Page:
By the time the control was returned to the aircraft and managed to be put into horizontal flight, the altitude had already dropped to 300 feet. Adding traction forced the car to climb, and decrease - to lose. At the same time, a decrease in the thrust of the right-hand engines and an increase in the left caused a turn to the right; When the pilot's heartbeat calmed down so much that he was able to hear something else besides the sound of blood in his ears, he contacted the Boeing-Wichita base, where he served as test leader for the bombers, and reported on the situation in flight. In the final stages of the conversation, Chuck Fisher asked: "What will I get if I can return this chest to the whole earth?" The answer was: "Save your work."

All flight information that led to the loss of the vertical stabilizer and rudder was recorded on magnetic tapes. Chuck Fisher did not want them to be lost. Therefore, he ordered the navigator to collect all the boxes with the records on his lap and leave the car near the military base (Chuck himself never left intact or even damaged cars). The flight was quite long, in the end it was decided to land the plane at the Blytheville base in Arkansas. This place was not chosen by chance. It was best suited for landing a multi-ton bomber: flat terrain, excellent weather conditions, a large amount of empty, unsettled space, and there was everything that could be needed for rescue work.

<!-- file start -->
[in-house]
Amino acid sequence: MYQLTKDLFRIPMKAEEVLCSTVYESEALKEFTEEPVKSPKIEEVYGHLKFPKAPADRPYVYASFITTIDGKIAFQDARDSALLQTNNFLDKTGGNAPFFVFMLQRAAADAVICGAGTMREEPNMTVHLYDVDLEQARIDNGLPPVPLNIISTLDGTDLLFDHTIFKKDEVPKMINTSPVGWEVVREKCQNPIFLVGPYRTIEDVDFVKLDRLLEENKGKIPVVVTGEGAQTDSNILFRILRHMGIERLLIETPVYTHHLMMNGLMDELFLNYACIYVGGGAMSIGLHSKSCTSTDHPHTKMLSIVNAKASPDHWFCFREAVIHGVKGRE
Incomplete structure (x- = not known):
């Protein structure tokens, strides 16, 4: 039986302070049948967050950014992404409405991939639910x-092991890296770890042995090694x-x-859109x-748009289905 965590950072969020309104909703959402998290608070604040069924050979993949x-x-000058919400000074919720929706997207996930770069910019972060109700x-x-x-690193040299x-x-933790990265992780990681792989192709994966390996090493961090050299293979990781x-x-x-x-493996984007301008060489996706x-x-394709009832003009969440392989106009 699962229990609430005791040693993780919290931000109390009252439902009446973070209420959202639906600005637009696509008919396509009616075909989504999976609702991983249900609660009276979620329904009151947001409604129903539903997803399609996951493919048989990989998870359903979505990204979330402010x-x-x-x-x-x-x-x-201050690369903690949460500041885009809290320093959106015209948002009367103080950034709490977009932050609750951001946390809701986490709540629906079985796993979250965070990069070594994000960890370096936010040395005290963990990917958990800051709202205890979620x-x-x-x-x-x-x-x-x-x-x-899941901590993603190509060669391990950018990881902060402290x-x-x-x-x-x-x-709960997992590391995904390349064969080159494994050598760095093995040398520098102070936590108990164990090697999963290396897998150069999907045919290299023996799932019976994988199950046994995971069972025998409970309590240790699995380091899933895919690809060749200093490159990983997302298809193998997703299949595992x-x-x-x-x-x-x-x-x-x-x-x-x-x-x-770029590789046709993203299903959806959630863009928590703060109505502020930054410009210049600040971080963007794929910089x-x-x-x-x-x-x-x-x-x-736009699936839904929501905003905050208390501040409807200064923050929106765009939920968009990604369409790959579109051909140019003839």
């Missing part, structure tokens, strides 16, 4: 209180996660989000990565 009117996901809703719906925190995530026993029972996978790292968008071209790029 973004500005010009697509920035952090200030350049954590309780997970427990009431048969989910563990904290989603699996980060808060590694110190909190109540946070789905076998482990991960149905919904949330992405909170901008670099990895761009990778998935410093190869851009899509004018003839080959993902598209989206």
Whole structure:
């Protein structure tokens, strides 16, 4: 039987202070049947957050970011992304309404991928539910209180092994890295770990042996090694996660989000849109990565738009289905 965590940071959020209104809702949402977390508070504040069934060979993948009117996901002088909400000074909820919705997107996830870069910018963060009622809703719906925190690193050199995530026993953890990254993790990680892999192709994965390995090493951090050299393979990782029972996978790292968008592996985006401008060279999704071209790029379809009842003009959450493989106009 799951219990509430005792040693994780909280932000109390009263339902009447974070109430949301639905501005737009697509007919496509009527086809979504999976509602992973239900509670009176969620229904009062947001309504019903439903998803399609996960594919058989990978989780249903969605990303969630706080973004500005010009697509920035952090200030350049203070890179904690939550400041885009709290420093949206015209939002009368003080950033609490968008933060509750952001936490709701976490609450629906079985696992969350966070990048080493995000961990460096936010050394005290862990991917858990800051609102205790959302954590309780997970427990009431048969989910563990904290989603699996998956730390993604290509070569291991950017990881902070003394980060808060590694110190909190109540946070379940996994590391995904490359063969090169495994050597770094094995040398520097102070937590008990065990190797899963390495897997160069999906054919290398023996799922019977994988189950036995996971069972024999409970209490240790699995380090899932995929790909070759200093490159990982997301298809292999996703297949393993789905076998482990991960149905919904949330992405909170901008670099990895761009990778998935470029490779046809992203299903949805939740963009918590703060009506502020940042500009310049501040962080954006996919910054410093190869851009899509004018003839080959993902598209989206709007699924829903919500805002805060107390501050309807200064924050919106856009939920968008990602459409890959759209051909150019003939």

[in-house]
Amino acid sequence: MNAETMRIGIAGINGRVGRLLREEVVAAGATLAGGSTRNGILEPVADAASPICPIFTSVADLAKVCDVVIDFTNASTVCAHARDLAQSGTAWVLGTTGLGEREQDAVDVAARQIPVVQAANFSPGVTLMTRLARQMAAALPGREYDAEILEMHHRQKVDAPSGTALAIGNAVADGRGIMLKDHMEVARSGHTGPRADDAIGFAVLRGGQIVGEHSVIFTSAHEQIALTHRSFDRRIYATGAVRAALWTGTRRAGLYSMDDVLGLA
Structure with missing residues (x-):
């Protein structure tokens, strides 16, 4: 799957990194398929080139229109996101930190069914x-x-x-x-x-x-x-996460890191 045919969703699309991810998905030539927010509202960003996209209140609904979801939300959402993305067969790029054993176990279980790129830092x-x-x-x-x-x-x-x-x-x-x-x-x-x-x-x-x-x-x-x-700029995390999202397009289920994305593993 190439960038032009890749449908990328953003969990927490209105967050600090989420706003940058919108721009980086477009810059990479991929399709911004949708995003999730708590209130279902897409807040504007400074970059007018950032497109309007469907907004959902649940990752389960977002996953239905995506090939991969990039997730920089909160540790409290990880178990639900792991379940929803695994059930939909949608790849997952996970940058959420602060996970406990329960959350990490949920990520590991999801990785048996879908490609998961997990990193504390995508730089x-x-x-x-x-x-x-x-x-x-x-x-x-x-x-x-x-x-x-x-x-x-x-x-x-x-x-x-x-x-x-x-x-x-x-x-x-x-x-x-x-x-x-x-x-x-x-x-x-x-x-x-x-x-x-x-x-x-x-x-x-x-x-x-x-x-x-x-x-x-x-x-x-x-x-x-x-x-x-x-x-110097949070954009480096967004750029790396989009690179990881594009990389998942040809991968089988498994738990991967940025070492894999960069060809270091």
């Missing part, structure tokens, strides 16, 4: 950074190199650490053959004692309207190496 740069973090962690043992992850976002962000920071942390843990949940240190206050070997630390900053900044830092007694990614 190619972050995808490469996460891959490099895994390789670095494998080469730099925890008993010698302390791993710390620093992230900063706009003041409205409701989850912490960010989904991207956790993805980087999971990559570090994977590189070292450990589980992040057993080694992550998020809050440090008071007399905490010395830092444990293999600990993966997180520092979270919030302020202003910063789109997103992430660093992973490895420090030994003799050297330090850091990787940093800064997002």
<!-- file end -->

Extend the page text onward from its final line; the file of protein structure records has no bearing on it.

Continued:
Fisher lowered the flight altitude to 2000 feet, until his plane appeared on the ground-based radar base and began planning a very long landing approach. He edited the last edits at a distance somewhere in 50 miles from the base, after which he addressed the ground with another problem. Chuck tried to release the flaps and chassis, not knowing whether they are controlled. The chassis was released in normal mode, pneumatic systems worked, with which there were no problems, but with the flaps everything was far from simple. After trying to deflect the flaps and the subsequent exhausting struggle to maintain flight altitude, the pilot decided to plant the car without flaps, which automatically meant that at the moment the runway touched, the B-52 speed would be significantly higher than the recommended landing. However, this circumstance could not prevent the pilot to land the plane in Blytheville, showing, in the opinion of most eyewitnesses, an incredibly high level of flying skill.

Something similar after years 20 was able to repeat the captain who piloted the passenger airline DC-10 of United Airlines. He managed to perform almost successful landing in Sioux City (Iowa). Then the crew managed to make an emergency landing 45 minutes after the failure of the hydraulic system. 174 passenger survived from 285 and 10 crew members from 11. The fact that the car remained controlled, and some of the passengers were saved in such harsh conditions, was recognized as an example of the extraordinary skill of the aircraft crew.